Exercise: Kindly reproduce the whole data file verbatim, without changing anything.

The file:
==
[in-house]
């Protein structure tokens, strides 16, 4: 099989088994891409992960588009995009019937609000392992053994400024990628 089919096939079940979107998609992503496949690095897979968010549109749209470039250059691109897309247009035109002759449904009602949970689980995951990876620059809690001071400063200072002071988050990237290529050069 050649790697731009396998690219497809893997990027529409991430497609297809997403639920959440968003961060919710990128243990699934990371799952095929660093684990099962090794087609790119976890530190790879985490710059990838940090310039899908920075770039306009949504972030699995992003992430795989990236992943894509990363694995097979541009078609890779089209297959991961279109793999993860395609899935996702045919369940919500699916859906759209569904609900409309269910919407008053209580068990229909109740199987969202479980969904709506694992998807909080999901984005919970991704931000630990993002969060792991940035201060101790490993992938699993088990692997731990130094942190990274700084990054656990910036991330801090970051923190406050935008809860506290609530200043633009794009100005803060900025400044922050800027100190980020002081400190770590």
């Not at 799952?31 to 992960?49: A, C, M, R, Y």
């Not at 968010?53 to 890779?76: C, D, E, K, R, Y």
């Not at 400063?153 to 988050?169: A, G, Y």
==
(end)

[in-house]
């Protein structure tokens, strides 16, 4: 099989088994891409992960588009995009019937609000392992053994400024990628 089919096939079940979107998609992503496949690095897979968010549109749209470039250059691109897309247009035109002759449904009602949970689980995951990876620059809690001071400063200072002071988050990237290529050069 050649790697731009396998690219497809893997990027529409991430497609297809997403639920959440968003961060919710990128243990699934990371799952095929660093684990099962090794087609790119976890530190790879985490710059990838940090310039899908920075770039306009949504972030699995992003992430795989990236992943894509990363694995097979541009078609890779089209297959991961279109793999993860395609899935996702045919369940919500699916859906759209569904609900409309269910919407008053209580068990229909109740199987969202479980969904709506694992998807909080999901984005919970991704931000630990993002969060792991940035201060101790490993992938699993088990692997731990130094942190990274700084990054656990910036991330801090970051923190406050935008809860506290609530200043633009794009100005803060900025400044922050800027100190980020002081400190770590």
């Not at 799952?31 to 992960?49: A, C, M, R, Y």
């Not at 968010?53 to 890779?76: C, D, E, K, R, Y």
């Not at 400063?153 to 988050?169: A, G, Y």